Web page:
Study links depression to arterial stiffness during stress

March 14, 2014 by Melva Robertson, Emory University
Study links depression to arterial stiffness during stress
Depressive symptoms significantly increased arterial stiffness induced by mental stress, but had no effect on arterial stiffness with exercise.

(Medical Xpress)—According to a study by researchers at Emory's Rollins School of Public Health, symptoms of depression are associated with an increase in arterial stiffness induced by mental stress. Arterial stiffness indicates a reduced capability of an artery to expand and contract in response to blood pressure change. It is an important indicator of future cardiovascular events and has been shown to worsen during stressful conditions.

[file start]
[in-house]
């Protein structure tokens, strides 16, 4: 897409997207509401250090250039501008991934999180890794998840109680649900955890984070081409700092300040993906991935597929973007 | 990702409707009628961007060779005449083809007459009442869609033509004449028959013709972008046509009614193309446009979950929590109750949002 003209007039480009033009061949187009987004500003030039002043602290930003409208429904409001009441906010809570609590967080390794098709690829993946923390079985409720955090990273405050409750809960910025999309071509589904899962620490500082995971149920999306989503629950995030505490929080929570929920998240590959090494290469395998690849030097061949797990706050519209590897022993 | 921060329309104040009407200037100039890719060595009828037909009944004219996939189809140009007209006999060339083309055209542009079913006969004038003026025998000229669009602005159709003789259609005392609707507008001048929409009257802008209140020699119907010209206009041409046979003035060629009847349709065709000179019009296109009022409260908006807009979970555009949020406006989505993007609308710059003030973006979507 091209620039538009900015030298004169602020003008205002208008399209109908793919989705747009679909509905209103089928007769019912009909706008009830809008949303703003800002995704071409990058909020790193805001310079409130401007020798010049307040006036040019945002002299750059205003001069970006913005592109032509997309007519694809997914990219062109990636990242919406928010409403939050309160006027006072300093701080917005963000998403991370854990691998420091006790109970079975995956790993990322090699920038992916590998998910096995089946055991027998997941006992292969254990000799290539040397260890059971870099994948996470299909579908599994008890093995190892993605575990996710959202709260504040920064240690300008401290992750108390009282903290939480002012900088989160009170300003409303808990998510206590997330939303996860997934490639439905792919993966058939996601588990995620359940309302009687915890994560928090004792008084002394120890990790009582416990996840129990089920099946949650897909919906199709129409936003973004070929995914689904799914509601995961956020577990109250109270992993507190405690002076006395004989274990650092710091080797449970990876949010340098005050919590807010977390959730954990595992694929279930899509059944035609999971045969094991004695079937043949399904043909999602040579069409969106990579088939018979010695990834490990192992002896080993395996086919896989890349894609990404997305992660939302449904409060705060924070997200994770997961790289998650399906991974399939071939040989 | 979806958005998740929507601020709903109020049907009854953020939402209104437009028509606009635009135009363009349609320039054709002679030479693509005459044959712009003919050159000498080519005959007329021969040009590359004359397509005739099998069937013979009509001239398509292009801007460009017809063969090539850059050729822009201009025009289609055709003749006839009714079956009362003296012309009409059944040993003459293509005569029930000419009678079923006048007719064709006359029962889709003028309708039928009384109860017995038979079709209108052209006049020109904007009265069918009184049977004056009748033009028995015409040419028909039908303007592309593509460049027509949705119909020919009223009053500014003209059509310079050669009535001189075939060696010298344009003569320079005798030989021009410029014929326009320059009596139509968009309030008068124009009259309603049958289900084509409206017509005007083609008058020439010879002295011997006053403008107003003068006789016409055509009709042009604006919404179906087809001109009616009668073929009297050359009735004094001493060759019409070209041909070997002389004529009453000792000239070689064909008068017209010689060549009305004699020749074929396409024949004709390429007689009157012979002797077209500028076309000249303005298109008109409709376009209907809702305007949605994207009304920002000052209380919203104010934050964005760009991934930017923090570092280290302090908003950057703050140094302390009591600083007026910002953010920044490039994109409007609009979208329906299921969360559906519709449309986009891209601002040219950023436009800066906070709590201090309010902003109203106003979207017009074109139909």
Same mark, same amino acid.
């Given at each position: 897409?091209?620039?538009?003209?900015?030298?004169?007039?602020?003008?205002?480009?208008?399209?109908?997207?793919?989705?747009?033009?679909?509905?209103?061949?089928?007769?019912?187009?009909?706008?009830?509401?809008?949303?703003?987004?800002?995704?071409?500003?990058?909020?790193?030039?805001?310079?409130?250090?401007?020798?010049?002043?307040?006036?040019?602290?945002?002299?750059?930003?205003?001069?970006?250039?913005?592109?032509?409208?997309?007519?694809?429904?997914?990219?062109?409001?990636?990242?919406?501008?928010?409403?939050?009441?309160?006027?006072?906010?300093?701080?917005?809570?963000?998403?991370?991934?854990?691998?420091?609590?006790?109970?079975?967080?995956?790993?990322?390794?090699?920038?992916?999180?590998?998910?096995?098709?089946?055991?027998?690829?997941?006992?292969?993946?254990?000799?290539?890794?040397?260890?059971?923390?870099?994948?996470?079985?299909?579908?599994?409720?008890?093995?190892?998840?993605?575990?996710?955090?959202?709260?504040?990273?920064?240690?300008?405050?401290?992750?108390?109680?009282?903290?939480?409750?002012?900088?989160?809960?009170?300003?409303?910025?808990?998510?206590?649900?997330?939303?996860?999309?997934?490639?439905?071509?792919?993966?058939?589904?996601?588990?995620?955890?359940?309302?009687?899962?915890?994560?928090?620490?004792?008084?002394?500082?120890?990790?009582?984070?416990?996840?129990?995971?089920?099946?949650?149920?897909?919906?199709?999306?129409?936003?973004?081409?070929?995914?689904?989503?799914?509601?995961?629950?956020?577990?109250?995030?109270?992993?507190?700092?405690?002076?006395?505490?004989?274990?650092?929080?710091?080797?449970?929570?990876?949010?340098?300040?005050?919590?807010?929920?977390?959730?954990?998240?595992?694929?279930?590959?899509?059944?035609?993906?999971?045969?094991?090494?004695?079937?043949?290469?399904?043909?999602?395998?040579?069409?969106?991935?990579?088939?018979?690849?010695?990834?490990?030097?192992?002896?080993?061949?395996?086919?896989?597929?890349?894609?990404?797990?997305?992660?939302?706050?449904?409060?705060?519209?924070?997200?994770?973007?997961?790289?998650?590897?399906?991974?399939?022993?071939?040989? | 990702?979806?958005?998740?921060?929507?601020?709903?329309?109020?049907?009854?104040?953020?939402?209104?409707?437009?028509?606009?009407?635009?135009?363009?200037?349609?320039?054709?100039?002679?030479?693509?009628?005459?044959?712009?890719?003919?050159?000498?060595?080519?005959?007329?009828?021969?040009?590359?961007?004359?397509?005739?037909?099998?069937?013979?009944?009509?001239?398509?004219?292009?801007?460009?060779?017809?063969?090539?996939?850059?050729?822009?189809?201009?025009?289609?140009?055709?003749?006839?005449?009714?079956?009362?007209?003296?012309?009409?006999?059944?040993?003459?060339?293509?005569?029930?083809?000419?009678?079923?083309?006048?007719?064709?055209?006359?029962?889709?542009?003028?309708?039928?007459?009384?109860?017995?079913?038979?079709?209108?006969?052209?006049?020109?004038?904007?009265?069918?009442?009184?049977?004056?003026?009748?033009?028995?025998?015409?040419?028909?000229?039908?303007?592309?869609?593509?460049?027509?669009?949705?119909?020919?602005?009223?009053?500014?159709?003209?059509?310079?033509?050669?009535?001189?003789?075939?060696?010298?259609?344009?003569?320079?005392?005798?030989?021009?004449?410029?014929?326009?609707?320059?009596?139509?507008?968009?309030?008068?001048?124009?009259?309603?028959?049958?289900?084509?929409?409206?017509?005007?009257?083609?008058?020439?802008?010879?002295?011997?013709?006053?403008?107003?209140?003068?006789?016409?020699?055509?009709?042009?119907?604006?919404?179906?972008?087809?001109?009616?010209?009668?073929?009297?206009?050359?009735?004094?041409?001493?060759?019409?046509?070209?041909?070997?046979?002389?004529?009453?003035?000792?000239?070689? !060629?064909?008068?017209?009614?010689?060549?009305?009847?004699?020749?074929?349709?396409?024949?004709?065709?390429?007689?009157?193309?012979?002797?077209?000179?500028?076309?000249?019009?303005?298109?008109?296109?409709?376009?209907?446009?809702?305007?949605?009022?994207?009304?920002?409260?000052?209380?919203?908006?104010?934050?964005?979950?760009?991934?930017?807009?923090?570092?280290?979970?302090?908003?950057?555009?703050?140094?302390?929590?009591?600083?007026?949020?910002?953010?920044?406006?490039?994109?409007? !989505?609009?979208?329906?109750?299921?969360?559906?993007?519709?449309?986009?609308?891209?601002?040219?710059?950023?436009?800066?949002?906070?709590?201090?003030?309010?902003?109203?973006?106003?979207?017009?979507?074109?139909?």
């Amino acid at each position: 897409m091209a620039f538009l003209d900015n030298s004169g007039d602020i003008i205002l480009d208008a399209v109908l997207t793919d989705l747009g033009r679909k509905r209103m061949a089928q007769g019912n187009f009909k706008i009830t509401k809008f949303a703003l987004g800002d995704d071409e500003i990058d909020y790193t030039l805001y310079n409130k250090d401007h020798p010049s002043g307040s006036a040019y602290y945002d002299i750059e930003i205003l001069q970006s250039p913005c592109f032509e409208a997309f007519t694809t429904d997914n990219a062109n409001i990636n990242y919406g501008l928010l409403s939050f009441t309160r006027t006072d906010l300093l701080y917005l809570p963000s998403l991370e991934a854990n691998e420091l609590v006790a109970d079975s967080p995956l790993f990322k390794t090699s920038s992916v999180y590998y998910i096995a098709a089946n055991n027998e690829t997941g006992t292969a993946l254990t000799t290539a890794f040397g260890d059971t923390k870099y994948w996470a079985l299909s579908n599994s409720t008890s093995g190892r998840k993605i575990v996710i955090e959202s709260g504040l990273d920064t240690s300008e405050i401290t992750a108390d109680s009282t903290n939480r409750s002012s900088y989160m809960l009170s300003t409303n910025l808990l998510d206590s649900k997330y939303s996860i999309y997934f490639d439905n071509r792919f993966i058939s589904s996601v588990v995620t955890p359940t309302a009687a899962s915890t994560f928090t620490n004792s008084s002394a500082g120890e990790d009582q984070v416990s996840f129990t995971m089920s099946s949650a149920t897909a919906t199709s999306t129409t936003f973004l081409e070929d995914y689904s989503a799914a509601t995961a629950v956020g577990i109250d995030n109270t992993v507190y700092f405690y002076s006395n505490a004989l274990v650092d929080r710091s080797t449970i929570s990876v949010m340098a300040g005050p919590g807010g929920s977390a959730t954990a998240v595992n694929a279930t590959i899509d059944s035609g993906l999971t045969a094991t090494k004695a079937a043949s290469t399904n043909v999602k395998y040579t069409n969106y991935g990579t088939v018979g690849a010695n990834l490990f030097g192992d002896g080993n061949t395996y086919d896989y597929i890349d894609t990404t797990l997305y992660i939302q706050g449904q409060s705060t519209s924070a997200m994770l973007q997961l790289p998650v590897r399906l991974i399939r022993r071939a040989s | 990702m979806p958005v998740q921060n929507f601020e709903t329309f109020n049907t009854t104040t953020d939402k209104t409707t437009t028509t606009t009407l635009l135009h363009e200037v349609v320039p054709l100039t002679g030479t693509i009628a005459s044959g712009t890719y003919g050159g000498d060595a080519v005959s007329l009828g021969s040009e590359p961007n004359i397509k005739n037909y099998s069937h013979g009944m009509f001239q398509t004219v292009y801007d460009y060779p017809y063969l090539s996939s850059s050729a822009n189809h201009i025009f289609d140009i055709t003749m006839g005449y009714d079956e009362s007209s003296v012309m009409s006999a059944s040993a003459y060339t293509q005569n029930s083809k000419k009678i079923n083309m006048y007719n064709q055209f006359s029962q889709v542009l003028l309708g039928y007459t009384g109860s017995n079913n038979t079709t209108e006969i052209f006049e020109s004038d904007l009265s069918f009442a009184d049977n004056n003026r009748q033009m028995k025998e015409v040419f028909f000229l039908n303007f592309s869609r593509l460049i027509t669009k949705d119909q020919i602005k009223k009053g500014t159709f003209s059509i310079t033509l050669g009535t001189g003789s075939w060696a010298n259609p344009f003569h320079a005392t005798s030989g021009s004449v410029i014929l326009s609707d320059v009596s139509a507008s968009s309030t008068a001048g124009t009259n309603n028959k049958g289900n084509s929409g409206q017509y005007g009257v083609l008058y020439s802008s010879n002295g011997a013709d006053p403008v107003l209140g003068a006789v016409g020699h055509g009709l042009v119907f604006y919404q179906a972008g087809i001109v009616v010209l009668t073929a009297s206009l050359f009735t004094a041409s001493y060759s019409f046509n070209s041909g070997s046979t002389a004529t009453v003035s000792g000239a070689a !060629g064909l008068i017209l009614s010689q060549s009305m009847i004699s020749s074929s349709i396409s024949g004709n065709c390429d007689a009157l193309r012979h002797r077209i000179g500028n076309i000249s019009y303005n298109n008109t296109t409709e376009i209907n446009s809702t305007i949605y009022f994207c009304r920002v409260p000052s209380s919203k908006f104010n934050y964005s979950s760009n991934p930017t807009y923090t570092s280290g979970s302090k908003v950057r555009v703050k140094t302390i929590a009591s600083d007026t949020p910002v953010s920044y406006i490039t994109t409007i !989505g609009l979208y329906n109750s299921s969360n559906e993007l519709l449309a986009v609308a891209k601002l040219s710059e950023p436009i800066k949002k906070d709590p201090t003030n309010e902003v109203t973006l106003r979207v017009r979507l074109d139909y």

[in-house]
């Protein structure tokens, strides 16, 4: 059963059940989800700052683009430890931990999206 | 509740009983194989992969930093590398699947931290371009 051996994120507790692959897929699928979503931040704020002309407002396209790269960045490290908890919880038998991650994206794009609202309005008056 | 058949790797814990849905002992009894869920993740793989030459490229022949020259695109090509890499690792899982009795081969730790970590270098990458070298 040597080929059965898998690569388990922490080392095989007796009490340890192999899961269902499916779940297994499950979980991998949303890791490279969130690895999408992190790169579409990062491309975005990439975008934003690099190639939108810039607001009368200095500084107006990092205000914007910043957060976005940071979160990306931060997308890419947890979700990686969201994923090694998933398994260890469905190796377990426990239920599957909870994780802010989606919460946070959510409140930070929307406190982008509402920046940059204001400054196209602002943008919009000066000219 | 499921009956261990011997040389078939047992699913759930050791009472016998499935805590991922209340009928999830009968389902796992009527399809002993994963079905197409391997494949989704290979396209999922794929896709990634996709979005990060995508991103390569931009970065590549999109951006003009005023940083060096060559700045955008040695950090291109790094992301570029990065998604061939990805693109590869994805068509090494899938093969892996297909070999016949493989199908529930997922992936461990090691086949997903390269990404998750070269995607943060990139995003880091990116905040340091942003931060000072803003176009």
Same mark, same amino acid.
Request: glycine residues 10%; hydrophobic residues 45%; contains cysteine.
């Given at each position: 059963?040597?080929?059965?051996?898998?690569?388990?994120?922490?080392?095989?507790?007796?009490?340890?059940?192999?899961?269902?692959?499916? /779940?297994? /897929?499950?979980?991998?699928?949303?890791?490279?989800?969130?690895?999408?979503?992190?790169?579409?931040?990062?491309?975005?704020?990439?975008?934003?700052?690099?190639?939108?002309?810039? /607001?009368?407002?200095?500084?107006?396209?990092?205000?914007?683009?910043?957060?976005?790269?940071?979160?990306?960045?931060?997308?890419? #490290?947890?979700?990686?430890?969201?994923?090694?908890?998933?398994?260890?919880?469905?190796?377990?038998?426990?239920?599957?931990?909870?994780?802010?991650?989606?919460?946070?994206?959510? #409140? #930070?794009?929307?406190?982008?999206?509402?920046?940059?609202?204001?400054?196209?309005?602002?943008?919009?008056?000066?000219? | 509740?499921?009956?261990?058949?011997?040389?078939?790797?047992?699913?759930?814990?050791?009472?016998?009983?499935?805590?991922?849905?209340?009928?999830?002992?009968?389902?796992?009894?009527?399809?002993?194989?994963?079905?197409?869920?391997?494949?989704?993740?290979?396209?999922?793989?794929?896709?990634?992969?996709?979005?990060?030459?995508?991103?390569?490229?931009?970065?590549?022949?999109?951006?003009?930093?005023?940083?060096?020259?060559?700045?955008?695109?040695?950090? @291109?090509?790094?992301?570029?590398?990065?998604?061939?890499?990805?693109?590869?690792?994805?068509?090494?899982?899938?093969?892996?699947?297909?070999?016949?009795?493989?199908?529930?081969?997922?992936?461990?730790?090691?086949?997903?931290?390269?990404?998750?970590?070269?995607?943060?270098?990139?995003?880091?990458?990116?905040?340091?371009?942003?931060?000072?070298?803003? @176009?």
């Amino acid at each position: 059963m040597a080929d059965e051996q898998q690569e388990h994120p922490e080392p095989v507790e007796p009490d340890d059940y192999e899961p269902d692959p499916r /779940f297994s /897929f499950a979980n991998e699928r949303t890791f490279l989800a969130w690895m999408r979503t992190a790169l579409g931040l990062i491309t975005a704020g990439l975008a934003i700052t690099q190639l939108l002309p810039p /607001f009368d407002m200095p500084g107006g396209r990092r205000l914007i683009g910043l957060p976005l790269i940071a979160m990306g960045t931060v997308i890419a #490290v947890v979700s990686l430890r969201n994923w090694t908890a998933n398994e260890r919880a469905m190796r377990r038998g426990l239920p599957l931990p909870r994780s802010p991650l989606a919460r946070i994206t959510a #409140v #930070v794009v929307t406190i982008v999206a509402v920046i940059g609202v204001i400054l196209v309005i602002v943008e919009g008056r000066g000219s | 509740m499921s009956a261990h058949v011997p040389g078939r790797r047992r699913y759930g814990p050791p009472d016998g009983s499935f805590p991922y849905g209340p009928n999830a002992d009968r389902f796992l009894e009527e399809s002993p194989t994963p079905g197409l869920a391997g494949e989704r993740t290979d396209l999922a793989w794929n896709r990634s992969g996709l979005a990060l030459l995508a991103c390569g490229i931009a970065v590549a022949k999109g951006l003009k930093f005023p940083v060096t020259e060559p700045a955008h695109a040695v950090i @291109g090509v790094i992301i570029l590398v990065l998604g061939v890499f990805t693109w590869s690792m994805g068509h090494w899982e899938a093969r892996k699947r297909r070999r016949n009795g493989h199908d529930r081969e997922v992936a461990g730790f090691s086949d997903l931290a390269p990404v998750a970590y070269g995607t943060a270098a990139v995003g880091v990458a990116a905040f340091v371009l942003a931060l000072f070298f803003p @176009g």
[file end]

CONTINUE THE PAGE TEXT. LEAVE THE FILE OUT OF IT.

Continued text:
The Emory team studied 81 young and middle-aged patients who had a recent heart attack. All subjects underwent an acute emotional stress task in addition to a standard exercise stress test. The researchers measured with a Pulse Wave Velocity system, at rest and 60 minutes after stress, and calculated stress-induced changes in arterial stiffness.

Depressive symptoms significantly increased arterial stiffness induced by , but had no effect on arterial stiffness with exercise. These results were not explained by differences in or heart disease severity.

"Depression may cause worsened arterial stiffness with , but not with exercise," says lead author Pratik Pimple, MBBS, from Emory's Rollins School of Public Health.

"These findings may help explain why depression is linked to adverse cardiovascular outcomes," adds Viola Vaccarino, MD, PhD, the study director and the Wilton Looney Chair of Cardiovascular Research in the Department of Epidemiology at Rollins.

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